TJ, The security problem isn't going away but all manufacturers will need to raise their game in that area if they want to reap the benefits of advanced networking. I read recently that studies have now shown that most attacks occur from within the intranet and not, as one might assume, from external internet connections. That creates a whole different bag of snakes to contend with in terms of disciplined internal connection to the plant network. Good point.
Al, I want to start out to say that I am impressed by what GE is doing. I reported on some aspects of it when I wrote an article for this site on the Cloud Computing conference a few months back.
One of the things about Big Data that is seldom mentioned is the reason for the emphasis on it now. The reason is simple. Storage is cheap and networking is ubiquitous. Big Data is really just a new buzzword for data mining. It is in the mining of the data that the benefits come. Very large data sets and data mining have been around for a while. I worked for both Oracle and IBM in the database technology field. Over ten years ago we were already talking about, and helping customers with, petabyte databases. The large databases spanned the application field from retail (e.g., Wal-Mart) to nuclear weapons. What has changed, as I said, is that storage has become cheap, so now a lot of data that was not worth storing at previous prices of storage is being saved. It is basic feeds and speeds.
The real question that one has to ask about any investment is what is the Cost vs the Benefit. Frankly, in one area of GEs expertise, electricity generation, there is a real question of the benefit of all this. Without Big Data, or any of the other industrial internet stuff, electricity use growth in the US is down to almost zero (last number I saw was 0.8%). At the same time we are using more and more electrical devices. What is going on here. The plain fact of the matter is that the devices are getting more efficient. Computers and computer control of devices is a big part of it. Electric motors have been getting more efficient for decades (I used to follow that in the in-house research journals when I worked at GE, a couple of decades ago). Besides these efficiency increases, there was the increasing cost of the raw materials of energy. None of this required Big Data. The fact is that electricity is, for most of us, not the most expensive thing in out lives. Food and transportation take a lot more of our income. So, we could halve our use of electricity while not making much of a dent in a family's expenses.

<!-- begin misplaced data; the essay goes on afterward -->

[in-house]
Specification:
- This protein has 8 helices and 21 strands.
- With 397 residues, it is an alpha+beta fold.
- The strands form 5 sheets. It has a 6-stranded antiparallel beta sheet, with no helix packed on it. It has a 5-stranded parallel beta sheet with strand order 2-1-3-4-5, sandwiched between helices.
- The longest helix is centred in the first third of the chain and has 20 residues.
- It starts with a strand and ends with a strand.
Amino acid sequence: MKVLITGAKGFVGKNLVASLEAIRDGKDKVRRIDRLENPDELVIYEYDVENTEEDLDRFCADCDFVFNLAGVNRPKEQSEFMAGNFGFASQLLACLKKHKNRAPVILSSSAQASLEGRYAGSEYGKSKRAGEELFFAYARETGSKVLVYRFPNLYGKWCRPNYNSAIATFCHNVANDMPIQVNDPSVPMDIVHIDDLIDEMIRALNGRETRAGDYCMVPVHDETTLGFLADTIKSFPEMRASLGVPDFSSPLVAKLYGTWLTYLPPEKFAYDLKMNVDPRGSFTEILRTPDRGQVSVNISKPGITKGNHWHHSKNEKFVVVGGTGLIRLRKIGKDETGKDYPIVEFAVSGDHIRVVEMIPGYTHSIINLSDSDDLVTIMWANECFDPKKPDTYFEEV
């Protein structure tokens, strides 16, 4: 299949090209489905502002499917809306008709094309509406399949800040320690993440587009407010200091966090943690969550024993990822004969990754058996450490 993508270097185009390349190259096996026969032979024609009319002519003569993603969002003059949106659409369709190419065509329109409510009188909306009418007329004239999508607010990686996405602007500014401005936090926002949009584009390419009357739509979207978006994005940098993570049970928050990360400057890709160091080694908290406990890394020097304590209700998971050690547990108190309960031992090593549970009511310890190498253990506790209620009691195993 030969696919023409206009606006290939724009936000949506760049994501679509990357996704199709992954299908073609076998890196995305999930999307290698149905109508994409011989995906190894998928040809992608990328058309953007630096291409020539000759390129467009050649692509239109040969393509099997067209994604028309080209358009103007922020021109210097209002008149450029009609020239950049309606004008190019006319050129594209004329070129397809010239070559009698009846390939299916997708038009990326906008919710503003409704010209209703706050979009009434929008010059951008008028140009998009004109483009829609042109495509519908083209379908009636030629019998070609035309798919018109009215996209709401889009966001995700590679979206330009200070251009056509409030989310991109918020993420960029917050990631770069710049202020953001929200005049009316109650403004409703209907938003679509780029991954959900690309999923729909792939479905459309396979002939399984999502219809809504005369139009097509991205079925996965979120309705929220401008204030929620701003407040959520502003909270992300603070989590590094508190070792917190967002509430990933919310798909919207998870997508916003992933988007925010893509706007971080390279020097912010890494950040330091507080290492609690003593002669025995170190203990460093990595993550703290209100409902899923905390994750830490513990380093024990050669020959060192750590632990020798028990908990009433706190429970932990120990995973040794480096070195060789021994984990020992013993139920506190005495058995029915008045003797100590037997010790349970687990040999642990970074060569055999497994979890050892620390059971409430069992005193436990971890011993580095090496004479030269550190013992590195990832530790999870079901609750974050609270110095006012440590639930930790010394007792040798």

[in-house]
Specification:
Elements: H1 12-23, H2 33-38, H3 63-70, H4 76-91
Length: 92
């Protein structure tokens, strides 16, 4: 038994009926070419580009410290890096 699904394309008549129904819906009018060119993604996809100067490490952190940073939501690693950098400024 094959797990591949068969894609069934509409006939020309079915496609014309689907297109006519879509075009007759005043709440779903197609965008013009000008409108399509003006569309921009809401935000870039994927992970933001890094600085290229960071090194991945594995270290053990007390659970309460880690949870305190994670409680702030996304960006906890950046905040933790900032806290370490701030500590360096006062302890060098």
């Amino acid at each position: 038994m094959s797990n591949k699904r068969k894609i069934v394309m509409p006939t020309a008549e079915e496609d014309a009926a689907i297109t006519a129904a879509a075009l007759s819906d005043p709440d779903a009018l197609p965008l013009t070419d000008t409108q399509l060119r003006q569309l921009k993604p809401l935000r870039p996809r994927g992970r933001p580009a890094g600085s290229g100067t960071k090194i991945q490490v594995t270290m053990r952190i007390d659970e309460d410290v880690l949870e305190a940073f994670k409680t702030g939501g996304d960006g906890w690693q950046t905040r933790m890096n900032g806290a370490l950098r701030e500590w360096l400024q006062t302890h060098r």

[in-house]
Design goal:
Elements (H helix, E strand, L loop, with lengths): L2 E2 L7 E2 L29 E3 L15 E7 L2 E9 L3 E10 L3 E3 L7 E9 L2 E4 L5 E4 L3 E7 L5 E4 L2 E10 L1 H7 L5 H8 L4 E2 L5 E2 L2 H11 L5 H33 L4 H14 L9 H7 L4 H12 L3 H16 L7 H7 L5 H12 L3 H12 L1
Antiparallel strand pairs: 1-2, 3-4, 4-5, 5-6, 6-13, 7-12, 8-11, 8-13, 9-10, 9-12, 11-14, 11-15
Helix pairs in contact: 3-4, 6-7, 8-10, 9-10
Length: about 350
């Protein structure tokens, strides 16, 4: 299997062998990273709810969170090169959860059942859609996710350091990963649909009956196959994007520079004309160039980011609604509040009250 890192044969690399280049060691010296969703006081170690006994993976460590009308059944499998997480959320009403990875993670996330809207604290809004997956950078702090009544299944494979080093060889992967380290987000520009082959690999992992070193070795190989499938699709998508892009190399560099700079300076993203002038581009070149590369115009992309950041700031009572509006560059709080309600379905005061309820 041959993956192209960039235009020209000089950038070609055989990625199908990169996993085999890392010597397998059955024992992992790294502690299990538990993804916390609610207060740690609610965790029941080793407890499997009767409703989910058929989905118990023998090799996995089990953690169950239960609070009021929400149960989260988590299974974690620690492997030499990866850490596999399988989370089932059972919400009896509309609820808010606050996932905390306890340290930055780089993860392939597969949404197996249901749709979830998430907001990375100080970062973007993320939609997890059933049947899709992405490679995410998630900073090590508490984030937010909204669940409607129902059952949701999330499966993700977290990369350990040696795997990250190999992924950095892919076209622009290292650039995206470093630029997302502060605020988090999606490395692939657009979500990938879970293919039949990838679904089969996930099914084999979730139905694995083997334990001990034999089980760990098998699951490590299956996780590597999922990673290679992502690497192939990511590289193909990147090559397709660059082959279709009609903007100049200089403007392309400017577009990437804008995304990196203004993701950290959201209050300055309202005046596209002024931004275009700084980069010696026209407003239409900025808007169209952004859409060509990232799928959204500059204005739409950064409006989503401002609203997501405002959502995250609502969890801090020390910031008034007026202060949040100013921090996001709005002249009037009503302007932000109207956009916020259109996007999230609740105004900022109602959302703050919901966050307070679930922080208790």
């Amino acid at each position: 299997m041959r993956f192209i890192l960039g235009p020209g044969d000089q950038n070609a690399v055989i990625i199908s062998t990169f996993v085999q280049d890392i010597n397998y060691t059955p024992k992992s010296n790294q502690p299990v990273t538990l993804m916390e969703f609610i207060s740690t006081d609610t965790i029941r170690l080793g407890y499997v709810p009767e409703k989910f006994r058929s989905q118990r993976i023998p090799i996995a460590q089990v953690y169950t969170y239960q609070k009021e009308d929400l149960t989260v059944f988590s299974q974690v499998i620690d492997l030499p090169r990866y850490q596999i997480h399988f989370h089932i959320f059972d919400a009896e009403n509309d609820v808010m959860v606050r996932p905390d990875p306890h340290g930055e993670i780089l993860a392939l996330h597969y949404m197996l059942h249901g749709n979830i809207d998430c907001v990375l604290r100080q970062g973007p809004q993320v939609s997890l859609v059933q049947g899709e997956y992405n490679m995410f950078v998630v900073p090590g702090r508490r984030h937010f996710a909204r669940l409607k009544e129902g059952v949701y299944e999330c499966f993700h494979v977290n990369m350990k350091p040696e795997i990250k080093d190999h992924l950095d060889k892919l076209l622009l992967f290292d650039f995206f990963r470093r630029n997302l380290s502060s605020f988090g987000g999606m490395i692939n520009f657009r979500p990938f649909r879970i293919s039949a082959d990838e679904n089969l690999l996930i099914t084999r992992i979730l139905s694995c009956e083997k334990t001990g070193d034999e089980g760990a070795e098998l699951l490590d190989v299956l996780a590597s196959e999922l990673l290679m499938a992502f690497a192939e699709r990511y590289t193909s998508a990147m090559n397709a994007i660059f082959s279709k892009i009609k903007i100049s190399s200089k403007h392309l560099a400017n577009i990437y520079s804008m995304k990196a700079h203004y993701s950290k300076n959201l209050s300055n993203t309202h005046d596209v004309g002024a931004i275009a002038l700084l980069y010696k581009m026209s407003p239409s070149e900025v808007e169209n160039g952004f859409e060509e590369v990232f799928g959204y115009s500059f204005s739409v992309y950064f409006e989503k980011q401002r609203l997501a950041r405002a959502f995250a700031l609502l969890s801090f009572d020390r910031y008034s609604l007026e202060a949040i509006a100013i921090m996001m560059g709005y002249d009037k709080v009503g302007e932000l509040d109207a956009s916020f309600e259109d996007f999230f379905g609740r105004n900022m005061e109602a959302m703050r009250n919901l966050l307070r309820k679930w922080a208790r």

I could go on and on about ideas that seem good, but that are not economical. Sufice it to say that, for this to be wotth while, it needs to be a good investment. If it is, it will be done. It already has in areas where the equation holds. As the components of this type of infrastructure get cheaper, the use will spread. To make this into a grand scheme, though, I think will be a hard sell.
GE's report defines the potential of Ethernet connectivity, but leaves out one painful reality:
In a perfect world, all of that data would be easily accessed and that Trillion Dollar expansion of worldwide GDP could be realized. In reality, hackers penetrate systems just for the fun of it. Stuxnet leaves one wondering about government level penetrations as well.